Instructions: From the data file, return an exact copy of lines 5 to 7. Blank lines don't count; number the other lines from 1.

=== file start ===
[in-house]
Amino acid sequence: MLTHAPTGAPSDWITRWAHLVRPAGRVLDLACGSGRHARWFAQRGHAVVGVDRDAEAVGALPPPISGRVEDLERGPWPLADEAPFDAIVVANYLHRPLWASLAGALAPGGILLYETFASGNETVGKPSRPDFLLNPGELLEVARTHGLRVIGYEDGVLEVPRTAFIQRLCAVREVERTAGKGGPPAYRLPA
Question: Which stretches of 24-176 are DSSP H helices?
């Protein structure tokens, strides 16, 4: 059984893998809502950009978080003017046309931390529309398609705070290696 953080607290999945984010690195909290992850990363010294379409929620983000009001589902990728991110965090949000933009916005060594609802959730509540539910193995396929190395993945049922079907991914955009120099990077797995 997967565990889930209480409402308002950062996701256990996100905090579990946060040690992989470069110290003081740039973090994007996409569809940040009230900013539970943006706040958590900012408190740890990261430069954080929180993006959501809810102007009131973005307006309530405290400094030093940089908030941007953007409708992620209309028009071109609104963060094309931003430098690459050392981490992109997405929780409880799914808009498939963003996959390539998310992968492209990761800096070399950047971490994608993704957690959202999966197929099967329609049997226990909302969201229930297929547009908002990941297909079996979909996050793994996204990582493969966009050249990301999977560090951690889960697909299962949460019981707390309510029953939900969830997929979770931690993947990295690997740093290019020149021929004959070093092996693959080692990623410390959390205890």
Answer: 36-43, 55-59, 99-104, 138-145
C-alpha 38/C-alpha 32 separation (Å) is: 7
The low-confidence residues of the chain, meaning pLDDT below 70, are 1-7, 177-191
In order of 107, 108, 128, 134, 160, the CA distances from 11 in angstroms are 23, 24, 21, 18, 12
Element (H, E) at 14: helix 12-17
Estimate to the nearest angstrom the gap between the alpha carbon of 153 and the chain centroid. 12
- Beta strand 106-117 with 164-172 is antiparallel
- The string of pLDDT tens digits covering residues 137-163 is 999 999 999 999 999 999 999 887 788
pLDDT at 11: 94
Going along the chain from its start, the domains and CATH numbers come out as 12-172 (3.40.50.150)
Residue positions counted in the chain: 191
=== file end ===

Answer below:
Answer: 36-43, 55-59, 99-104, 138-145
C-alpha 38/C-alpha 32 separation (Å) is: 7
The low-confidence residues of the chain, meaning pLDDT below 70, are 1-7, 177-191